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Sian Hutchings: “If I didn’t have support at college from tutors and support staff I wouldn’t have completed my courses”

“I don’t see my autism as a disability – I see it as a gift,” said Sian. “Seeing the world from a different perspective, you can achieve things in life with the right help, support and understanding.


Former student, Sian Hutchings, has many strings to her bow. As well as travelling the country speaking publicly about her experiences of autism and ADHD to spread awareness and understanding, she is also a freelance photographer and trained in business, retail, creative media production and graphic design.


She spoke to our Alumni Team about the many courses she has taken at Lincoln College, living with ADHD, autism, dyslexia and dyspraxia, and finding her passion for photography.


Finding her passion for photography


As a lifelong learner, Sian has taken many courses at Lincoln College.


“I didn’t know what I wanted to do with my career when I officially left school at 16 ,” said Sian. “I had attended St Christopher’s School in Lincoln, which was a school for moderate to severe learning difficulties, including autism.

“I started at Lincoln College in September 2009 and I was originally studying a retail course for two years. It helped me to speak to customers and improve my money skills, teamwork, and my confidence working with other students. I also learnt how to run a small business in the college shop, where I sold fair trade products to staff and students.

“After this I went on to the Business Level 1 course and this helped me further with my employability skills. I learned about employee rights and responsibilities, how to make a phone call to other organisations confidently, and how to design business documents, how to write a business plan for self-employment, and also interview skills.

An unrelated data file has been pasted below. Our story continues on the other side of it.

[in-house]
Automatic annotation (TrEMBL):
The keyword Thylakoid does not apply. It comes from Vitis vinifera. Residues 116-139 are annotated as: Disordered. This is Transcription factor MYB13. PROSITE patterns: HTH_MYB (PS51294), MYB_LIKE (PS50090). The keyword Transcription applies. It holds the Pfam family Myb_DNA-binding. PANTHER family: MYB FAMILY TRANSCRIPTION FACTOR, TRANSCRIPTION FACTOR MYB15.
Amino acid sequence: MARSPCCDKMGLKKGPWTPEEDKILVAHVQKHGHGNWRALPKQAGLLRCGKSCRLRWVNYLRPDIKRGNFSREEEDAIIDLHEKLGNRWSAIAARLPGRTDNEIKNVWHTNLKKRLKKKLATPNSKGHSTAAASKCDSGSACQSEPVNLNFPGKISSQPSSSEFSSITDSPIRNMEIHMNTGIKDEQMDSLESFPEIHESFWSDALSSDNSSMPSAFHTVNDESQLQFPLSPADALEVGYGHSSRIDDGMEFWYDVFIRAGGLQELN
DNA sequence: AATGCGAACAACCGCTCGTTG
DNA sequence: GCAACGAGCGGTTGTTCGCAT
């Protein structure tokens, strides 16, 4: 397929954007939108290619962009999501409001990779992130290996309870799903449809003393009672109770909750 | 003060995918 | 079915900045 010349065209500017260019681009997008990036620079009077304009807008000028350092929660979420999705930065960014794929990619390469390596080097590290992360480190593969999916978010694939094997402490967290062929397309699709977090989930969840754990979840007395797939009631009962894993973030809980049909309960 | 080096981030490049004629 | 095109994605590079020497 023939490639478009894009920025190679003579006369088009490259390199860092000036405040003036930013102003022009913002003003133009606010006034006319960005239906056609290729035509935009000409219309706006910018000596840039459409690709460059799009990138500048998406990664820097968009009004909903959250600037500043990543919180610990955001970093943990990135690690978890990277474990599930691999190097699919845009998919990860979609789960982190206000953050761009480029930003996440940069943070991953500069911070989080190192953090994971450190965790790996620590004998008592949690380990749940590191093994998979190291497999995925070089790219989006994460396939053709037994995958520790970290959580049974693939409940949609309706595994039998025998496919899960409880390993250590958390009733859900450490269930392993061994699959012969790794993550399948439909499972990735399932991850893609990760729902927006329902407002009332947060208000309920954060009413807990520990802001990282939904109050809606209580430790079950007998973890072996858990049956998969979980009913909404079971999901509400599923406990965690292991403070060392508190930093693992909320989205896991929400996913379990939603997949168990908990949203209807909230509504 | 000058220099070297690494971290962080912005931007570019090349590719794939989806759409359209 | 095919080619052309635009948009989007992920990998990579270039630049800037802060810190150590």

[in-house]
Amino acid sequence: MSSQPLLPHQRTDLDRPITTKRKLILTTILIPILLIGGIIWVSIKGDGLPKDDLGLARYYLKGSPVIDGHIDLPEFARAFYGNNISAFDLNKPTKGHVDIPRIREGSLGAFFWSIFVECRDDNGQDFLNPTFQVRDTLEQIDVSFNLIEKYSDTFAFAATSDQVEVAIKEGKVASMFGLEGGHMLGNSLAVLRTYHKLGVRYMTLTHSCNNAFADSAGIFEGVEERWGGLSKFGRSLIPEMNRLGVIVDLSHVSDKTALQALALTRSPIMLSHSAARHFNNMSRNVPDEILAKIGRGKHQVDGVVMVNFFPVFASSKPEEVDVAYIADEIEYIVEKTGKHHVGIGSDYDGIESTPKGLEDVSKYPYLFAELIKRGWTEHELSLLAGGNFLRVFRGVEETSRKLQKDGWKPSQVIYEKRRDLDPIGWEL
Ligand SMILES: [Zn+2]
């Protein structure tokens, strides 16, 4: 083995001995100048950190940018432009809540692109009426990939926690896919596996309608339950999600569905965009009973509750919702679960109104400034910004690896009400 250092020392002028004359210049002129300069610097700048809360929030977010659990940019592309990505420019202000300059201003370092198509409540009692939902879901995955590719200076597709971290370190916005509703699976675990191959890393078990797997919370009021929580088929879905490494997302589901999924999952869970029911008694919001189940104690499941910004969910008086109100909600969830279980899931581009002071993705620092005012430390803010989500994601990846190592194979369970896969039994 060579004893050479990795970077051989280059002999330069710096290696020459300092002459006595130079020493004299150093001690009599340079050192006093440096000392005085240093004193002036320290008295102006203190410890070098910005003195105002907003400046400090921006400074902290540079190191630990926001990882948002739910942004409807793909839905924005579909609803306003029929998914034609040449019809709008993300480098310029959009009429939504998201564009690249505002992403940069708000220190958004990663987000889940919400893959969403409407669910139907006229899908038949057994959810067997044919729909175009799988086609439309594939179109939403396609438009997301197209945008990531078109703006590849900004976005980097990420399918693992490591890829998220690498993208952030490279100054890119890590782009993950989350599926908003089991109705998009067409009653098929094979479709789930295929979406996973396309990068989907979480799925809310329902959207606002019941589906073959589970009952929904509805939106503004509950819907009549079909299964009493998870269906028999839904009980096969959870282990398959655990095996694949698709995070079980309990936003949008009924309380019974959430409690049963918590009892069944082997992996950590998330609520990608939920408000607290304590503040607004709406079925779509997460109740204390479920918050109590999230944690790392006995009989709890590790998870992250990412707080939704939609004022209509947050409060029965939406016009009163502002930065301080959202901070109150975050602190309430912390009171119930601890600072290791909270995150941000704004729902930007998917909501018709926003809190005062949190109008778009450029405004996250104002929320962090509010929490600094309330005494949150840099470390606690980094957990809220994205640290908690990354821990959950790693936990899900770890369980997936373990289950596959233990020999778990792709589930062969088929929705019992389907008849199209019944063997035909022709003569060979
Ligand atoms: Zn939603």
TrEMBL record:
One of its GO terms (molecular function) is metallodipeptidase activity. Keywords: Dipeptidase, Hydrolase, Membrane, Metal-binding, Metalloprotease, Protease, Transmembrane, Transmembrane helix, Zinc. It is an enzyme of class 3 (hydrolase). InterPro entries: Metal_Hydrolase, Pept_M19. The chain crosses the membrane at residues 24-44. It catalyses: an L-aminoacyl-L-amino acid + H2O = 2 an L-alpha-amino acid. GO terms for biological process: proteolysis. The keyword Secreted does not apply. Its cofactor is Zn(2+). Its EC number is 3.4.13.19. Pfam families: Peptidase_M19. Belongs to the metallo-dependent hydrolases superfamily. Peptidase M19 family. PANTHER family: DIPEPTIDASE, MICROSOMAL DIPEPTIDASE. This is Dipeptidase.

“Next I studied an IT Level 1 Diploma, which helped me develop my technical skills in web design, graphic design and multimedia.

“I then went onto study a Creative Media Production and Technology course, which I loved,” said Sian. “I learned about film making, and made an animated video of the story about autism, “The Curious Incident of the Dog in the Night-time,’ which was fantastic. I also learned marketing and advertising, and how to reach certain audiences in the creative industries.”


Sian then finally discovered her passion for photography when she took her next course at Lincoln College.


“It was what I was most good at,” she said. “I loved all aspects of the course, such as creating a pinhole camera, light-painting photography, learning about British photography and the history of photography.

“I studied all my courses with motivation and self-commitment until I found something I was really good at in my early twenties. I was offered work experience with St Barnabas Hospice as an Events Photographer and I’m still doing it a year on.


“I’ve been photographing various fundraising events such as the ‘It’s a Knockout’ event, a charity ball at a hotel, ladies’ lunches, a Christmas craft fair, etc. Some of my work has been featured in the Lincoln Journal, which I’m very proud of.”


Speaking publicly about Autism and ADHD


Sian set up ‘Sian Speaks’ to “talk about [her] lived experiences of Autism and ADHD, such as education and coping strategies.


“I have spoken to various support groups, students and staff in schools, colleges, and universities, and at National Autistic Society branches,” she said.


“My time at Lincoln College helped me a lot and I had support in place throughout my time there when I was experiencing challenges because of my disabilities such as autism, ADHD, Dyslexia and Dyspraxia.

“My skills that I learned at Lincoln College such as time management, being organised, team work, communication skills, confidence and motivation led to me being awarded the rising star accolade after completing my studies. I was very proud of this and enjoyed the ceremony. That day will always stay with me forever.”


“If you put your mind into it, the possibilities are endless. There are no excuses, so make a success of yourself, go out there and thrive,” she said.

One thought on “Sian Hutchings: “If I didn’t have support at college from tutors and support staff I wouldn’t have completed my courses””

  1. Philip Hutchings says:

    Sian…I am so proud of all that you have achieved and wish you so much success in the future. Yes…you are my darling

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